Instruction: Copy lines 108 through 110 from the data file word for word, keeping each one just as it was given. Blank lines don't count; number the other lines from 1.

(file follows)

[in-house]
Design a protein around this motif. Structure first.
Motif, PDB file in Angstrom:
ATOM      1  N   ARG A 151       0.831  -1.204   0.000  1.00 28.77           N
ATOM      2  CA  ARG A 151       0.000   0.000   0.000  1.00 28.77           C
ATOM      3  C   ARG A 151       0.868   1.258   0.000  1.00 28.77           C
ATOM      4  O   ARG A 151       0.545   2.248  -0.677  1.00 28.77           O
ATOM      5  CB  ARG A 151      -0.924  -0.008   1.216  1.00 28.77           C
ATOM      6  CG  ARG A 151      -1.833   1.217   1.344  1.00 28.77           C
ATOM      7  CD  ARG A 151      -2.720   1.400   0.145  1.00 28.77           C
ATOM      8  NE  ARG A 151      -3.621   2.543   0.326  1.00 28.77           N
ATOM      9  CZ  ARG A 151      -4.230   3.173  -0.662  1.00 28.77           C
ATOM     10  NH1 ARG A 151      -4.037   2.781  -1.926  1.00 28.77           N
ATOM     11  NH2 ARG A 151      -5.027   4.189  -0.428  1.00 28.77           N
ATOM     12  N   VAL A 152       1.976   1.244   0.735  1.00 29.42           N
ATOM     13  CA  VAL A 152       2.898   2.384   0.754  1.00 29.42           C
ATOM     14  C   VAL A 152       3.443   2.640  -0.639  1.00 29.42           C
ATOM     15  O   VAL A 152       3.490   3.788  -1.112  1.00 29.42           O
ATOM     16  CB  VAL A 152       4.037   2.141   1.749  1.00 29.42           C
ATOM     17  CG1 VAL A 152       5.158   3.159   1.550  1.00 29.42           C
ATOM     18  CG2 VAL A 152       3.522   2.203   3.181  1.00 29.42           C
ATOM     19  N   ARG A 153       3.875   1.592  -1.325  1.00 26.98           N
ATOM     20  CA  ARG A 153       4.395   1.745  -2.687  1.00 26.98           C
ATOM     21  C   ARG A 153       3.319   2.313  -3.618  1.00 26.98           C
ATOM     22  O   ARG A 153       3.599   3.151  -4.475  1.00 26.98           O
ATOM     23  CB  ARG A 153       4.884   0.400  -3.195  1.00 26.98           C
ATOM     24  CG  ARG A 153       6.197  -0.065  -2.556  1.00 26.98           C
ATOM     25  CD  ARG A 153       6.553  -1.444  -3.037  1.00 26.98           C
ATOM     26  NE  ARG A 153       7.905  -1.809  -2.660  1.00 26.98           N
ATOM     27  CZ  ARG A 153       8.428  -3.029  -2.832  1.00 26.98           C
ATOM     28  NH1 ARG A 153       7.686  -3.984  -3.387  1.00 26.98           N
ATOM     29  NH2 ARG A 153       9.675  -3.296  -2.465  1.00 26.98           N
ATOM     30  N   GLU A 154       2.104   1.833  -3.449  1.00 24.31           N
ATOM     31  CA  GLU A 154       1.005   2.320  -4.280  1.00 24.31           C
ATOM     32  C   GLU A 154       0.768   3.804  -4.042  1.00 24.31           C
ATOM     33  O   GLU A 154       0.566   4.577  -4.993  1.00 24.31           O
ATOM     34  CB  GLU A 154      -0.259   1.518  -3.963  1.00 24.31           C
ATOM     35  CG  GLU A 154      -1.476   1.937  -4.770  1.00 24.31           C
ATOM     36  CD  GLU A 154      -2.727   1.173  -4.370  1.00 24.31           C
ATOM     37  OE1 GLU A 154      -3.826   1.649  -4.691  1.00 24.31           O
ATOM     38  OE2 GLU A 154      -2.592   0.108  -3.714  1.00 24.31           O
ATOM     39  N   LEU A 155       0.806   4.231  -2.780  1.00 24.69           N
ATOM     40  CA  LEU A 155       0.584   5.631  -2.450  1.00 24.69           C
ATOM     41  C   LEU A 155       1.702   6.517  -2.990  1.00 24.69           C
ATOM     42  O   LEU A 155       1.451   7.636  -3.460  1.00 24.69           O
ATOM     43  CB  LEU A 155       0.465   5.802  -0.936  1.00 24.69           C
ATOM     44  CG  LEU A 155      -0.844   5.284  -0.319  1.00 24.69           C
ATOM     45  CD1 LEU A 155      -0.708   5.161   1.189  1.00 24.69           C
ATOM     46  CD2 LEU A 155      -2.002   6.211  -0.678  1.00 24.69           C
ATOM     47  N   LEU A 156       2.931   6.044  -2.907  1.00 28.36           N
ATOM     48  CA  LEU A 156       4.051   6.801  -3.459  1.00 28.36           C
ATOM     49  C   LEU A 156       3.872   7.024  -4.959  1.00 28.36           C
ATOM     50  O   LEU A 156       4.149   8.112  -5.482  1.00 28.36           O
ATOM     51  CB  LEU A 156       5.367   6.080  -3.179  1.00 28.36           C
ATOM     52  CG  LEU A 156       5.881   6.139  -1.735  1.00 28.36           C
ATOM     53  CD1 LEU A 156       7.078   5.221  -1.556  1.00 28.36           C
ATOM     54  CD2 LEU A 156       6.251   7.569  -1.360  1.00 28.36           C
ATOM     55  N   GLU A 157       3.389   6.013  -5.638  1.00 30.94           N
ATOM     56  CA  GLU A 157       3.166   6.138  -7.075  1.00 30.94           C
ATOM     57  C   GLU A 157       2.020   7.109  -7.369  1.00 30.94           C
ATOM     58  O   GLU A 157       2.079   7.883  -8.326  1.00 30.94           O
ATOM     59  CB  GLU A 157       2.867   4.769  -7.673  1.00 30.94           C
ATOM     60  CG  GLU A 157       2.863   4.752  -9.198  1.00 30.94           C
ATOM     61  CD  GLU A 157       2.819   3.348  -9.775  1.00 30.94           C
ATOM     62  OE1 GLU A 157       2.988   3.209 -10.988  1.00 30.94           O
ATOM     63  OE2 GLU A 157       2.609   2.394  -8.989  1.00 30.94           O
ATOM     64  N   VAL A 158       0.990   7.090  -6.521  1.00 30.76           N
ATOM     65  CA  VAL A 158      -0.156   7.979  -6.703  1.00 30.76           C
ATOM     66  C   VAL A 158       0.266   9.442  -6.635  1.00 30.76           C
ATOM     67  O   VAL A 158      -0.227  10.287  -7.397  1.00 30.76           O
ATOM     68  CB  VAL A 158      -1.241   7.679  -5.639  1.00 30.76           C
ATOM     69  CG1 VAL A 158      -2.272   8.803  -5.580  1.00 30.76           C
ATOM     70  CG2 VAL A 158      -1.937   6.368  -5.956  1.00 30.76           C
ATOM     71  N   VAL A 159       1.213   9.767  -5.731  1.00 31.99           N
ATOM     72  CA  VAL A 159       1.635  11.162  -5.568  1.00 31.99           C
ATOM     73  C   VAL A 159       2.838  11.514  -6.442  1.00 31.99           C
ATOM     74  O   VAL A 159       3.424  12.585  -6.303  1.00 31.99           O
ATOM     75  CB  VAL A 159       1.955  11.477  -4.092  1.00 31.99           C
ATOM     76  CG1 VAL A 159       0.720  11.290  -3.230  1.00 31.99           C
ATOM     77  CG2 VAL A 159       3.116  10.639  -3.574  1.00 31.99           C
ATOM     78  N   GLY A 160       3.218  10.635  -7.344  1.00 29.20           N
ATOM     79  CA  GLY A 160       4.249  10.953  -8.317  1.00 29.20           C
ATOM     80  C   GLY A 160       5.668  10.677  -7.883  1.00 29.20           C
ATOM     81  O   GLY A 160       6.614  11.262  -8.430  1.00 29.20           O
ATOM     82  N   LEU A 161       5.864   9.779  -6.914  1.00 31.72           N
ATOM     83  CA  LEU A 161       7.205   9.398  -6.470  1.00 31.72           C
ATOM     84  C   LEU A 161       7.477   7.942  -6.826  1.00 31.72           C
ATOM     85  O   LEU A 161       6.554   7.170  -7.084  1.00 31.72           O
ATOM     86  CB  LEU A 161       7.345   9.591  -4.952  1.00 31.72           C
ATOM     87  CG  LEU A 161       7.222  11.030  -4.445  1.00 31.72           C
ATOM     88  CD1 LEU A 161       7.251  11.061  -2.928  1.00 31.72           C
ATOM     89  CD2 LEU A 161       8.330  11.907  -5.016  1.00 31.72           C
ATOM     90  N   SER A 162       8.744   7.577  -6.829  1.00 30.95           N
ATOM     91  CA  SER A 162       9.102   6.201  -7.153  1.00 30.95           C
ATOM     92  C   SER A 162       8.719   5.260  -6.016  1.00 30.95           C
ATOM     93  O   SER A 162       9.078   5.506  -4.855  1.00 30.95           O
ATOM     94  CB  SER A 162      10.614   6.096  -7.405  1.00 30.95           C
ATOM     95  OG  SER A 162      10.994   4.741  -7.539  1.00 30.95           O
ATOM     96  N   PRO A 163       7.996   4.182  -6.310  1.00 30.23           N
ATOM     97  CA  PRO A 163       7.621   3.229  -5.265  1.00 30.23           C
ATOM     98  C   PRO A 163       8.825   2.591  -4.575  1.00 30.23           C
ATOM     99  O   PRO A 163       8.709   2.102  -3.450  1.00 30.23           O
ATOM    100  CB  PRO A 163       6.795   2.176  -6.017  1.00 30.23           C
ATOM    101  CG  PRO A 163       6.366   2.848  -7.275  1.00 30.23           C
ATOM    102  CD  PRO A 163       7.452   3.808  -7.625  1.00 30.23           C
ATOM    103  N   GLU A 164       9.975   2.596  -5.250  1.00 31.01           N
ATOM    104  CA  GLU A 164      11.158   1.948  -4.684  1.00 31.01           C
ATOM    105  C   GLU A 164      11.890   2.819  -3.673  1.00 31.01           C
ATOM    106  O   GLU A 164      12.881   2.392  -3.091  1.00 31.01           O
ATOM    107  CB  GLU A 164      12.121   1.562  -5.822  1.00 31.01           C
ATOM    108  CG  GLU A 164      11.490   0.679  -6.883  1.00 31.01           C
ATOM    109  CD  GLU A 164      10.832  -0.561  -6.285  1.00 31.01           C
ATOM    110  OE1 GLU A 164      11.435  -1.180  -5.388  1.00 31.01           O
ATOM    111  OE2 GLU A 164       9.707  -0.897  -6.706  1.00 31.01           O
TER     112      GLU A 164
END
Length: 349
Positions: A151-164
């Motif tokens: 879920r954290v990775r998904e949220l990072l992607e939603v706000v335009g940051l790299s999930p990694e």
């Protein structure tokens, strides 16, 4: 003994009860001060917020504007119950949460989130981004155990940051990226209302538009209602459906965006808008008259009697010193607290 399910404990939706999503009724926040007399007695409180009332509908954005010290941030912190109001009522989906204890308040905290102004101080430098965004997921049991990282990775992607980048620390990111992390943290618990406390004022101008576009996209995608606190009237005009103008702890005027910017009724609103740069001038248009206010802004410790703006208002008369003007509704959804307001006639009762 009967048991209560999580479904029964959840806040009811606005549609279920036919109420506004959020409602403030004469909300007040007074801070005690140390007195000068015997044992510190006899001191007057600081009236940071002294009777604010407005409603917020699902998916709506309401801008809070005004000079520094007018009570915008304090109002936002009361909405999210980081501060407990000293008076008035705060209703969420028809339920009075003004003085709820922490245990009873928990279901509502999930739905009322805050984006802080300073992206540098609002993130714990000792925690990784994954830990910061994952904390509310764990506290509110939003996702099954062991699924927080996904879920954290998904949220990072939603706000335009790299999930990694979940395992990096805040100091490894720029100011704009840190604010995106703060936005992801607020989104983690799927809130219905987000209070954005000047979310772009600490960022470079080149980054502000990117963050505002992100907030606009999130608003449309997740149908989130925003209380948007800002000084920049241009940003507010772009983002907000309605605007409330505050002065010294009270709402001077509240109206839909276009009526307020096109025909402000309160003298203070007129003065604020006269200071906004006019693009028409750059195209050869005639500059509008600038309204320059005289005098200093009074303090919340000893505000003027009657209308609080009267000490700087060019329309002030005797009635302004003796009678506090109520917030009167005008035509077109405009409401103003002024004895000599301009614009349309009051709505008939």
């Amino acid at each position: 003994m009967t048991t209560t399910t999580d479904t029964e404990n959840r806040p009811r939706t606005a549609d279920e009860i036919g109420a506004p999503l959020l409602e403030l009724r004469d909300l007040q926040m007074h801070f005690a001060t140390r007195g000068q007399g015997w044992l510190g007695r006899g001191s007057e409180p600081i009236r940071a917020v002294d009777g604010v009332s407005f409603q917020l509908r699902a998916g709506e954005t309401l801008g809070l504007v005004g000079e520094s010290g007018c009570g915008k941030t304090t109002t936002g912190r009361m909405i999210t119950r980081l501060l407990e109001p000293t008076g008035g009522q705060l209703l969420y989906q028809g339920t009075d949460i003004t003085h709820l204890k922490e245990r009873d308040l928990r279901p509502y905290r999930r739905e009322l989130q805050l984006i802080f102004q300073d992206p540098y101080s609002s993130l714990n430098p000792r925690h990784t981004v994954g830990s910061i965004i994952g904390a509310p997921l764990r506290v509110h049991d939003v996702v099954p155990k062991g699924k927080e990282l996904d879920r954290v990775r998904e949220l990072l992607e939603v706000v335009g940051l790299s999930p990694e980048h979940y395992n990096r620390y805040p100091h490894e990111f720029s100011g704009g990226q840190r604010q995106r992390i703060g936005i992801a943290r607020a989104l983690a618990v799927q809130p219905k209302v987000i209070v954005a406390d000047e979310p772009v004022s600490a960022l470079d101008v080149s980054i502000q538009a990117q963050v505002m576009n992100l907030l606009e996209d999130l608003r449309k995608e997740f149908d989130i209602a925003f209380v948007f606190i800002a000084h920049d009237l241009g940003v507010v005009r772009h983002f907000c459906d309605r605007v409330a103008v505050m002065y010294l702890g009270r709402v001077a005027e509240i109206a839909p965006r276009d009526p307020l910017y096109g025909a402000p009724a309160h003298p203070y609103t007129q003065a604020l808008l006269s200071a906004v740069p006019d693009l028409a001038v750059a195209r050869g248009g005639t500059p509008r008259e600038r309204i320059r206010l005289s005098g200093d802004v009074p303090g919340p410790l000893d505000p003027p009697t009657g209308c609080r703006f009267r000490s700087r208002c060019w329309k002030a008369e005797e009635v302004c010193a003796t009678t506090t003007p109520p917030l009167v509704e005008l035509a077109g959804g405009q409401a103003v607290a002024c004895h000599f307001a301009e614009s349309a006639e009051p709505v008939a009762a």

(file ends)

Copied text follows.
ATOM    105  C   GLU A 164      11.890   2.819  -3.673  1.00 31.01           C
ATOM    106  O   GLU A 164      12.881   2.392  -3.091  1.00 31.01           O
ATOM    107  CB  GLU A 164      12.121   1.562  -5.822  1.00 31.01           C